Medical evidence and ‘drug driving’ under the new law coming into force in March 2015
The Drug Review of drink and drug driving law by Sir Peter North confirmed that there is a significant drug driving problem in Great Britain.
Currently, police have to show that drugs have impaired a motorist’s driving before a prosecution can proceed for drug driving. A series of roadside tests are administered to ascertain the driver’s capacity, followed later by blood analysis.
Under new law, coming into force in March 2015, it will automatically be an offence to drive a motor vehicle with certain drugs in the body, making it easier to prosecute ‘drug drivers’ in a similar way to drink driving.
At first glance, the new law may appear to be directed at young drivers who indulge in illegal drugs, but it will also catch drivers on prescribed drugs who are impaired! It is claimed that ‘abuse or misuse of therapeutic drugs or “medicines” can produce significant impairment and adverse effects.’
The interesting thing about the new law is that the level of drug required to be present in the driver’s system is very low.
In the context of medicines and therapeutic drugs, doctors will inevitably have a responsibility to advise their patients of the side effects of medication. The DVLA already issue advice to general practitioners about the possible effects of drugs, and doctors are advised to assume that the majority of their patients are drivers. It remains to be seen whether defendants charged under the new law will claim that they were not advised by their medical practitioner not to drive. It’s possible that a doctor could be called to give evidence on their behalf. Doctors would be wise to make a note of any advice given to patient about driving a motor vehicle, when they are prescribing drugs. It probably will not be sufficient for a doctor to say in evidence that he always advises a patient; a clear note that such advice was given will be, potentially, the only way to avoid a summons to attend the trial.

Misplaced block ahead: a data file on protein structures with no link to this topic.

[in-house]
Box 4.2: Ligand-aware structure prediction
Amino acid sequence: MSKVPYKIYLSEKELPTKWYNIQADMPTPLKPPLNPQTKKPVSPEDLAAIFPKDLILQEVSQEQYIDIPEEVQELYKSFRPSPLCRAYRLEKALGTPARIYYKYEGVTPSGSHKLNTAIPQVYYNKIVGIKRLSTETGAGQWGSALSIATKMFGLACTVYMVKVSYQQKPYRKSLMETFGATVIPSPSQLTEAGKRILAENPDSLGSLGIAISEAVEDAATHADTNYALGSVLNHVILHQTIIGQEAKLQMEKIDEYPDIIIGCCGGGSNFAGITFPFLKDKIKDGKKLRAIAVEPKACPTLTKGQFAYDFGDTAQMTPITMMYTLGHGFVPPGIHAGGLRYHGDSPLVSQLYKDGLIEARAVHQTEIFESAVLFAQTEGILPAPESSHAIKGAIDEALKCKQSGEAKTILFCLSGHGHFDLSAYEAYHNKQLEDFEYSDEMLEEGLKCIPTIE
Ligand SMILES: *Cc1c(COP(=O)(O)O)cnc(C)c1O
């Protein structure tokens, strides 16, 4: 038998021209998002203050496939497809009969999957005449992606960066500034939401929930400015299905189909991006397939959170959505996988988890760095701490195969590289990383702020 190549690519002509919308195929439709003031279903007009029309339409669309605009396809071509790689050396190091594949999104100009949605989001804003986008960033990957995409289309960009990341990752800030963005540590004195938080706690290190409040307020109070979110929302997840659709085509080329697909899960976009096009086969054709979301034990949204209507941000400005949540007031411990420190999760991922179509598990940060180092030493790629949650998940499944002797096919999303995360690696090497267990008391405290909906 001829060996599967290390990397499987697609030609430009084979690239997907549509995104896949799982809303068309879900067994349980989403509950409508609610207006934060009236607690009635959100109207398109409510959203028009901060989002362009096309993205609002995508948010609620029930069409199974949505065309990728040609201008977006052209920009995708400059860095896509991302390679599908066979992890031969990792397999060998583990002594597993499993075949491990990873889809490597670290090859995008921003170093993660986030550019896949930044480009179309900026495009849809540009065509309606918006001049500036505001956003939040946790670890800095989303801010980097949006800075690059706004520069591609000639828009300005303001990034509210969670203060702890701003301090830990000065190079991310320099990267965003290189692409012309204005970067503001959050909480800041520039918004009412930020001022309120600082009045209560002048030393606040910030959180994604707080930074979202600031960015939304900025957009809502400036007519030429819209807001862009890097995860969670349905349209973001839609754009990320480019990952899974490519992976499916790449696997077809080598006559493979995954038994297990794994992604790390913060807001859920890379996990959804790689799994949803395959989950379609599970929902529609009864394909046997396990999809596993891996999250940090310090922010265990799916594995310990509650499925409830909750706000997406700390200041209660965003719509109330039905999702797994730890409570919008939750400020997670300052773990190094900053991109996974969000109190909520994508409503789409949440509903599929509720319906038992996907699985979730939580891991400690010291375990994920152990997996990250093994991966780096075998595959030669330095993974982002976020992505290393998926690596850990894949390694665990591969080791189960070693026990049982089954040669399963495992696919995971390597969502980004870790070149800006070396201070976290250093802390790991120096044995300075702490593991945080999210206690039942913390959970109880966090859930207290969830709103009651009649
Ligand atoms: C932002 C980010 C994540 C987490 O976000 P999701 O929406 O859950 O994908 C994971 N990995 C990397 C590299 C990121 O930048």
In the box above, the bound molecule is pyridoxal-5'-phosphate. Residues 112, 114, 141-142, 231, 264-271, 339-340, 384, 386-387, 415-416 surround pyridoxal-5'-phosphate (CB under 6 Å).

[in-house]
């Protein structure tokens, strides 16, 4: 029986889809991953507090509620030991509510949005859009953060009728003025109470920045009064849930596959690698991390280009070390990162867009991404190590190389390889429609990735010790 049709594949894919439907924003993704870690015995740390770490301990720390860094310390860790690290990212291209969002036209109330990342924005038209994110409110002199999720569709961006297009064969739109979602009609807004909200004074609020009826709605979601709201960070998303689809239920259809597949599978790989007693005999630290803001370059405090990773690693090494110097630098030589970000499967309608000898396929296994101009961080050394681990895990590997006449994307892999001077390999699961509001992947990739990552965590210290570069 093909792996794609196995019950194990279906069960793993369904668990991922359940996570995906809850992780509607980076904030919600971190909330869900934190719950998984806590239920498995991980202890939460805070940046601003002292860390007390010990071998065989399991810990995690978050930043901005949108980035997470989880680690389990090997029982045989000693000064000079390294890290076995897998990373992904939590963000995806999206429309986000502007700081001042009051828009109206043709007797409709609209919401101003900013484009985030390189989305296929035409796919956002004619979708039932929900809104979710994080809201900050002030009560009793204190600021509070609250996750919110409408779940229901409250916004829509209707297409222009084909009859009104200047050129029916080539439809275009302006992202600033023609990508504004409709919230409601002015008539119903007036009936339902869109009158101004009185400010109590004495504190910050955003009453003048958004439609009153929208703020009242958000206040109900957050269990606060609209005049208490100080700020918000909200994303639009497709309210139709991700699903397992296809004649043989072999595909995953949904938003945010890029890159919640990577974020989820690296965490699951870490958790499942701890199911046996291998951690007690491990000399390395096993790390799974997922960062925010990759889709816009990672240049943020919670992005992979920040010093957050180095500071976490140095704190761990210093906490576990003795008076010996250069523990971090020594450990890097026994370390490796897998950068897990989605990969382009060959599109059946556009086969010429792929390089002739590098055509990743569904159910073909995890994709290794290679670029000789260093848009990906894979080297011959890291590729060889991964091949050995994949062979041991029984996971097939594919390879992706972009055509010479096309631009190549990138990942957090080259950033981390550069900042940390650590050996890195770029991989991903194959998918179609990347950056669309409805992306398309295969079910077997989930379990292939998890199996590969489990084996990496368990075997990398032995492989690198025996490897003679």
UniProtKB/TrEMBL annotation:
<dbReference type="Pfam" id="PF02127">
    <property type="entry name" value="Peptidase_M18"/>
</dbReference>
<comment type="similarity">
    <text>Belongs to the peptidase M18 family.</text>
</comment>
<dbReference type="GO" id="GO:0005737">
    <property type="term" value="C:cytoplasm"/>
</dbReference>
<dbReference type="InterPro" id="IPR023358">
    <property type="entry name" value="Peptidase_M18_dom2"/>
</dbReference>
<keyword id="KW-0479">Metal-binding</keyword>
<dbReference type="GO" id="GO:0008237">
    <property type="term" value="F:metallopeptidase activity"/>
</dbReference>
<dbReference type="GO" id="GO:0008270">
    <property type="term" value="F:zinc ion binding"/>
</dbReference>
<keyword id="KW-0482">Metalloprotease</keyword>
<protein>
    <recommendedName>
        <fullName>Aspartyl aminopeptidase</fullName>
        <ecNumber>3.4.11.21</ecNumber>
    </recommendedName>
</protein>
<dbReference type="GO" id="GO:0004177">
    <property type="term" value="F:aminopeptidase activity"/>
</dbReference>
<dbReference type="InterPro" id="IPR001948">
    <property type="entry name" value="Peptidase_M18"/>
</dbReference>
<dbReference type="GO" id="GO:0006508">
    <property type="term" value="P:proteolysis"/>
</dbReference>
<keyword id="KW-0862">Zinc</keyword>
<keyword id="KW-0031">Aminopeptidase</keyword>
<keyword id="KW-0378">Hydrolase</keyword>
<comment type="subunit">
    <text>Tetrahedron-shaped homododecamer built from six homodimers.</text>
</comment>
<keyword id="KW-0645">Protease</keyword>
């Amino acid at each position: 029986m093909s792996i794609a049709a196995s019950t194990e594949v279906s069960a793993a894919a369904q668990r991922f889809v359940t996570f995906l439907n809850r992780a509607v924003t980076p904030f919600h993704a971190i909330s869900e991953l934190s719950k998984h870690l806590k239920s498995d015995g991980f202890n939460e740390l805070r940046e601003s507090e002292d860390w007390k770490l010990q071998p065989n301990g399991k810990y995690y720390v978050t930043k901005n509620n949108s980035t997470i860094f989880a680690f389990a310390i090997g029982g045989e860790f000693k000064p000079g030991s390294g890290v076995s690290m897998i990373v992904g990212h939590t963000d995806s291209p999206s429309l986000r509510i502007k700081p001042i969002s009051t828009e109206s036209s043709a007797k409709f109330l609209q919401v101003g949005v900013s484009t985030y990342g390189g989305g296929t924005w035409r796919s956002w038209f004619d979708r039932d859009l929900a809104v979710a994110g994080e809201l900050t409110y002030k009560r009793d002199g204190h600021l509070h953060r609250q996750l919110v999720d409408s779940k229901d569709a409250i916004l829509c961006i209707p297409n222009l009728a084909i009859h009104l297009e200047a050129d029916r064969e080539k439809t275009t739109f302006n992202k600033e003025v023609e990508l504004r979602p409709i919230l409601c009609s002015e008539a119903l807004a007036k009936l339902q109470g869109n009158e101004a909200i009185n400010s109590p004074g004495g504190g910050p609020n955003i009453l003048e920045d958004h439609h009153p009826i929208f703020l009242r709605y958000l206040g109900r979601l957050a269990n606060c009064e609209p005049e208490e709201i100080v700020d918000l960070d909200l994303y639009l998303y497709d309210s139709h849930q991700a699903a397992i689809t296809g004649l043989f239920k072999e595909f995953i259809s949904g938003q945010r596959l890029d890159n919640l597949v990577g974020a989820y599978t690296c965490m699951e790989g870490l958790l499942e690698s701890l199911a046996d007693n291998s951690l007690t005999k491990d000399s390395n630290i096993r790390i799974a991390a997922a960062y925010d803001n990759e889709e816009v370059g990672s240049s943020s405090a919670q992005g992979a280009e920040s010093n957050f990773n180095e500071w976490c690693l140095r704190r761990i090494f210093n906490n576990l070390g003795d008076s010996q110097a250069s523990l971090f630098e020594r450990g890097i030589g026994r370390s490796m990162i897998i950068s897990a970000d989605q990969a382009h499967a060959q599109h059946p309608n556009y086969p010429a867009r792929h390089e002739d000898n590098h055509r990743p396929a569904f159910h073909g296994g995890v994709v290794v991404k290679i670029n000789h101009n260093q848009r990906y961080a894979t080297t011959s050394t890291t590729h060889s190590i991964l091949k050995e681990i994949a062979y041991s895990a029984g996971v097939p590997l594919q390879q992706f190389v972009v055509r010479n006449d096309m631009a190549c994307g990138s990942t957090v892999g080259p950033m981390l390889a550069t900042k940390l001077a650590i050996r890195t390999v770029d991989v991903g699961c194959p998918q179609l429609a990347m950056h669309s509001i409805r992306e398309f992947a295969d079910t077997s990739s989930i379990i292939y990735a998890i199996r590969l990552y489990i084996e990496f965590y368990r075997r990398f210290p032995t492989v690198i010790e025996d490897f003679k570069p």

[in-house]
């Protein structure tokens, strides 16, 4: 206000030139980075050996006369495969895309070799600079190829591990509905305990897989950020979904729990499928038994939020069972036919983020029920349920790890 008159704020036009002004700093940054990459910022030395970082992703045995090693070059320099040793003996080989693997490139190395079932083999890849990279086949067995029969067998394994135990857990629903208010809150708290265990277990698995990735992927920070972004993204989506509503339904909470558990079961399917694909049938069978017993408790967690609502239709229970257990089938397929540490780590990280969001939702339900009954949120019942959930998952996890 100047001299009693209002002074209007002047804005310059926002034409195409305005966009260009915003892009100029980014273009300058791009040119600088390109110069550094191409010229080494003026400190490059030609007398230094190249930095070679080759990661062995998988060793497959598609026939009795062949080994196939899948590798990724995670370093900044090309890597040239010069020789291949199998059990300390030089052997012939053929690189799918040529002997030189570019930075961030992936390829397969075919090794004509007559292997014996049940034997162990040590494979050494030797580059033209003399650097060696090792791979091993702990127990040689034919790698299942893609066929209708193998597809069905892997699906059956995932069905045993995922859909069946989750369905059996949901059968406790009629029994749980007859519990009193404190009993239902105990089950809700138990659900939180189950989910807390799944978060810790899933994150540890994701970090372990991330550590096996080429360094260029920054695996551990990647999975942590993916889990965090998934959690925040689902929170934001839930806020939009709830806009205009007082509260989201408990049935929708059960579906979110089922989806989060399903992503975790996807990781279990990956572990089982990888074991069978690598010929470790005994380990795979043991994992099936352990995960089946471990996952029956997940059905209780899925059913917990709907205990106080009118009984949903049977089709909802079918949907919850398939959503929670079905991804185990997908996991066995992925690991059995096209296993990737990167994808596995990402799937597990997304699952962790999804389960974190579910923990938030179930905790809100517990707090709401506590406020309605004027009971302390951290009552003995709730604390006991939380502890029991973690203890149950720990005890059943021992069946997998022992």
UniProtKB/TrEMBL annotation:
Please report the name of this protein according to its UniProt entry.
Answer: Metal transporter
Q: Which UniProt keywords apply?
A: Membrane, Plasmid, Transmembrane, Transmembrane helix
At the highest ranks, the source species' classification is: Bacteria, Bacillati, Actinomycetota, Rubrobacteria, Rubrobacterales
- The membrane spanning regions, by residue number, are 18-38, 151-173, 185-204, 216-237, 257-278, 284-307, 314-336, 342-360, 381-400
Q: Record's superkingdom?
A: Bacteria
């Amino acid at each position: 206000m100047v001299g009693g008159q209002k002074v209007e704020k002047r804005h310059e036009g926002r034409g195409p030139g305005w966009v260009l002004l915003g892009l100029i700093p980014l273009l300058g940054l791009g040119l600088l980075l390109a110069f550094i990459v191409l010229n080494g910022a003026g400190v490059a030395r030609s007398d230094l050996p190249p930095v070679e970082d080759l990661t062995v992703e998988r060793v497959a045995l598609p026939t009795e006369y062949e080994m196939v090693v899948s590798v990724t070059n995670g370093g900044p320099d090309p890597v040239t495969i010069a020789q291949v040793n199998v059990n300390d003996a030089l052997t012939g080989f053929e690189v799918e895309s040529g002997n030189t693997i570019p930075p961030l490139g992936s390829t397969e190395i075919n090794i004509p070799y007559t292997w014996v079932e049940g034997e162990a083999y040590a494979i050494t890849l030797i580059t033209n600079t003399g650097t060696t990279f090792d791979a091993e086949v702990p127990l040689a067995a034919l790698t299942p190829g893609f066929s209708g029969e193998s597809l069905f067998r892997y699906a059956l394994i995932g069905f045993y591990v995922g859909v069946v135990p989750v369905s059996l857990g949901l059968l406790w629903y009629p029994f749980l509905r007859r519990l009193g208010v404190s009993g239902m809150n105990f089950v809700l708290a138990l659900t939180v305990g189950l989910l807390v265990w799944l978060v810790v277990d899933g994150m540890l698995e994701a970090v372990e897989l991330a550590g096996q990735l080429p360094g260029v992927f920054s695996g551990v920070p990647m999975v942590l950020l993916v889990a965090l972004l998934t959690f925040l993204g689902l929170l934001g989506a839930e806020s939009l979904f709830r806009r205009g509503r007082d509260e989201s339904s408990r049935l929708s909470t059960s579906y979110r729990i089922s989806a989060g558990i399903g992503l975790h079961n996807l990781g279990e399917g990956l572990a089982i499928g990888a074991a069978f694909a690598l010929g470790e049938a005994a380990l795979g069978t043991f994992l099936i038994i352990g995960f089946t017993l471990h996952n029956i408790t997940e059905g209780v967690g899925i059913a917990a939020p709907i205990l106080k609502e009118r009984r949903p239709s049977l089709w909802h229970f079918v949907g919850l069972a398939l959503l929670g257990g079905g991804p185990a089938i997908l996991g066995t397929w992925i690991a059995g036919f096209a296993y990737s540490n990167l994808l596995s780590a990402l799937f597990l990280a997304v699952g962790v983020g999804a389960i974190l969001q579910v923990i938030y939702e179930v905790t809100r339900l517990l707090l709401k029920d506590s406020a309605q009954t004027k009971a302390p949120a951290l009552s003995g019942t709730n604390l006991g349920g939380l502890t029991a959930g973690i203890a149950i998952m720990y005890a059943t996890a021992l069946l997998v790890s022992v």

This is just one of the evidential issues that may be raised when the new law comes into force. If you are charged with an offence of drug driving and given a summons to attend any of the Magistrate’s Courts in Guildford, Staines, Redhill/Reigate, Aldershot or any other court in Surrey and Hampshire — don’t hesitate to give us a ring. We may be able to help.